About Us

Pakhtunkhwa Milli Awami Party (PMAP) is a democratic political party that advocated for the rights of Pashtuns and Pakhtunkhwa. We are a part of the historic Pashtun national movement. We stand for constitutional government, democracy and rule of law.

Pashtuns are a nation with a rich and vibrant history. Pashtuns are known for their distinct culture, language, and traditions. Pashto, their native language, is a major component of their identity. Pashtuns live in their ancestral homeland between the Oxus and Indus rivers and have a great tradition of defending it from all invaders and occupiers.

The Pashtun homeland was invaded by the British Empire during the age of colonialism and imperialism. From the very beginning, the Pashtun nation presented the greatest obstacle to the British colonialism in this region. As soon as the British reached the Indus River, which represented the eastern frontier of Afghanistan, a series of rebellions and resistance struggles began among the Pashtun tribes. The British invasion of the Afghan and Pashtun homeland culminated in the infamous Durand Agreement that illegally and unjustly partitioned the Pashtun homeland.

Beginning right from the time Afghanistan was unjustly partitioned, the Pashtun tribes living on both sides of the hated Durand Line rose up in struggle and resistance against the unjust British occupation. Fueled by a shared sense of injustice and a longing for freedom, they unite in a common purpose. Bound by a deep-rooted loyalty and unwavering determination, they employ strategic tactics and guerrilla warfare to challenge the occupier's dominance. With each act of defiance, they inspire hope in the hearts of their fellow tribesmen, igniting a flame of resistance that spreads like wildfire. To the east of the Durand Line, Pashtun tribes rose in rebellion beginning in Waziristan and Malakand. An indigenous liberation movement, pioneered by Haji Sahib Turangzai started in 1896. To the west of the Durand Line, following the Third Anglo-Afghan War in 1919, Afghanistan liberated itself and became a sovereign and independent nation-state. From that time, Afghanistan has continued to cherish and promote it’s historic, cultural, ethno-linguistic and religious ties with the people of Pakhtunkhwa.

Although united in their aims to overthrow the British occupation, the indigenous national liberation movement in Pakhtunkhwa had many origins. In the southern part of Pakhtunkhwa, the Pashtun national liberation movement was led by Khan Shaheed Abdul Samad Khan Achakzai. Beginning in the 1920s, Khan Shaheed became increasingly involved in the anti- British national liberation struggle. He established his political organization as Anjuman-e- Watan, a party dedicated to opposing colonial rule and advocating for the political rights of the people in British Baluchistan. Prior to forming this party, Khan Shaheed had already forged alliances with various freedom fighters, including Pashtun Baacha Khan, Baloch leaders, and prominent Indian political parties such as the Indian National Congress and the Muslim League. Anjuman-e-Watan actively participated in the non-cooperation movement and the Quit India movement, both aimed at resisting British control. From 1929 to 1947, Khan Shaheed and his political comrades faced repeated imprisonments, collectively spending more than a decade incarcerated by the British authorities.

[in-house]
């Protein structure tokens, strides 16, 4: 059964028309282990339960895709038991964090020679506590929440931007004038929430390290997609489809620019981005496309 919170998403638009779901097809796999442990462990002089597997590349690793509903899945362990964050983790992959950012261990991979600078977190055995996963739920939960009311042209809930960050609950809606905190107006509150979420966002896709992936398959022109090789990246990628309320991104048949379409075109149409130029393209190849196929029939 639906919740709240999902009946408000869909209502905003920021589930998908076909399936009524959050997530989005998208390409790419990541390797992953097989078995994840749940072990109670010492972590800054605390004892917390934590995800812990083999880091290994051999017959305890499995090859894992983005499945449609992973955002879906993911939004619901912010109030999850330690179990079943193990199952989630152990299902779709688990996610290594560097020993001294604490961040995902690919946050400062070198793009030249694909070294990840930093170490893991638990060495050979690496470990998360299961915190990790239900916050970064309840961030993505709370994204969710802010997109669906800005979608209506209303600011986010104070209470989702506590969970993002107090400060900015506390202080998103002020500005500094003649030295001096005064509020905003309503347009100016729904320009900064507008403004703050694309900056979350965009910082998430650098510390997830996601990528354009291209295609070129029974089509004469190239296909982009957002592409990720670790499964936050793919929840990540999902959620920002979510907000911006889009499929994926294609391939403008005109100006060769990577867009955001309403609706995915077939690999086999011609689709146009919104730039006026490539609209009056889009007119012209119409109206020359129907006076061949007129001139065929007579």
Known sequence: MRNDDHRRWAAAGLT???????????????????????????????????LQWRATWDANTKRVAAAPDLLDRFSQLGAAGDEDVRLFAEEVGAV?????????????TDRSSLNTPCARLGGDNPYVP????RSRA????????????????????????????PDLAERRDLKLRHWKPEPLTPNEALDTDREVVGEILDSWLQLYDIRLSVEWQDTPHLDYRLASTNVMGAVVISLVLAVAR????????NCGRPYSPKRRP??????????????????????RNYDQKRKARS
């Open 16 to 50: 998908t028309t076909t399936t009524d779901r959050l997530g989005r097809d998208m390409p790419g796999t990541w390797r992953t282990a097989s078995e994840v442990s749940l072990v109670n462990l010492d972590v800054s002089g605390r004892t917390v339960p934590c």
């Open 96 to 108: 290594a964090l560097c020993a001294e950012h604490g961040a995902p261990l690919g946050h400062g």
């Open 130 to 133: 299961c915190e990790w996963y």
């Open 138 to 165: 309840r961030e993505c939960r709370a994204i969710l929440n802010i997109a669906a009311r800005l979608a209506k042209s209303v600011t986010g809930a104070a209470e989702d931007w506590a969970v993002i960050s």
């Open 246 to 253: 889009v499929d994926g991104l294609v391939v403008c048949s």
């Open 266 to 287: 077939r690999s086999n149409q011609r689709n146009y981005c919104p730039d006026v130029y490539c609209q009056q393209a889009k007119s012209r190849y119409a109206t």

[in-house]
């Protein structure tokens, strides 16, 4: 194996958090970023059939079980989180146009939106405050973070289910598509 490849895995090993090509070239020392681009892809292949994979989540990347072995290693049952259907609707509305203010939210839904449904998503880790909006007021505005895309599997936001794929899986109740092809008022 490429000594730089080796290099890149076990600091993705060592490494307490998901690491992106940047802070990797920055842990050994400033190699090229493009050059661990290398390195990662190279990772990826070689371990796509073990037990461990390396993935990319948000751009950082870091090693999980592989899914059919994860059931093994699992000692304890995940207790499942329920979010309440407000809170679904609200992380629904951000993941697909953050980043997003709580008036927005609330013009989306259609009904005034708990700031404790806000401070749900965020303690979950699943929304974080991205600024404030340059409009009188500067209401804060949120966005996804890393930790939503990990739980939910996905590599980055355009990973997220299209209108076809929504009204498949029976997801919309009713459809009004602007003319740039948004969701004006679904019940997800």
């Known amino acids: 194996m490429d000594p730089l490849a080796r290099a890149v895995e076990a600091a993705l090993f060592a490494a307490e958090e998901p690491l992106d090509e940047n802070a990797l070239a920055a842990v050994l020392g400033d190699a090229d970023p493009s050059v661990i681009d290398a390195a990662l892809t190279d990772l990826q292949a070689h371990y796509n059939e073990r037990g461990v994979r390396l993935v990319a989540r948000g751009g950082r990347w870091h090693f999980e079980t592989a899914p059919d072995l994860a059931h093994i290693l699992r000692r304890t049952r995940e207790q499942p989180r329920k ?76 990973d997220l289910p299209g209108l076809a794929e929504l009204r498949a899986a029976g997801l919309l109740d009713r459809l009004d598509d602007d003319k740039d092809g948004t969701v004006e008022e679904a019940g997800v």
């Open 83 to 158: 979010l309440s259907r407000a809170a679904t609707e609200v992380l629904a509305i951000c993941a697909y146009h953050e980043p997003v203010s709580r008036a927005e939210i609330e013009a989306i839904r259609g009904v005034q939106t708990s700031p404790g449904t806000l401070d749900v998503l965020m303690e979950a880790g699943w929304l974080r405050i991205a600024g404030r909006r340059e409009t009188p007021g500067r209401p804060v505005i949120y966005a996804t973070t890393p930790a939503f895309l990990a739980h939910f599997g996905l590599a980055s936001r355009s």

The end of British occupation and the partition of British India did not lead to the emancipation and liberation of Pashtuns. Instead, it opened a new chapter of the struggle. Instead of democracy and federalism, the new rulers of Pakistan opted for dictatorship and oppression of nations. Naturally, Khan Shaheed and the Pashtun national movement decided to resist the anti-people and anti-nations policies of the new government. In 1954, Khan Shaheed formed the ‘Wror Pashtun’ (Pashtun Brotherhood) political party to advocate and struggle for progressive democracy, constitutional government and true federalism. Wror Pashtun became an integral part of the Natioanl Awami Party (NAP) alliance, which united all the oppressed classes and nations of the country in one struggle. The most prominent political issue of the time were the constitution of the country and the hated One United scheme that abolished the national provinces and imposed draconian, direct rule from the center. During this time and after the imposition of the first martial law in 1958, Khan Shaheed spent a total of almost 20 years in various prisons in Pakistan.

After the restoration of civilian government, Khan Shaheed formed a new political party called Pakhtunkhwa National Awami Party and decided to participate in the democratic struggle for Pashtun rights. Unfortunately, he was martyred by unknown assailants on December 2, 1973. Pakhtunkhwa National Awami Party would go on to for the current Pakhtunkhwa Milli Awami Party that is the vanguard party for the struggle of the rights of Pashtuns and Pakhtunkhwa.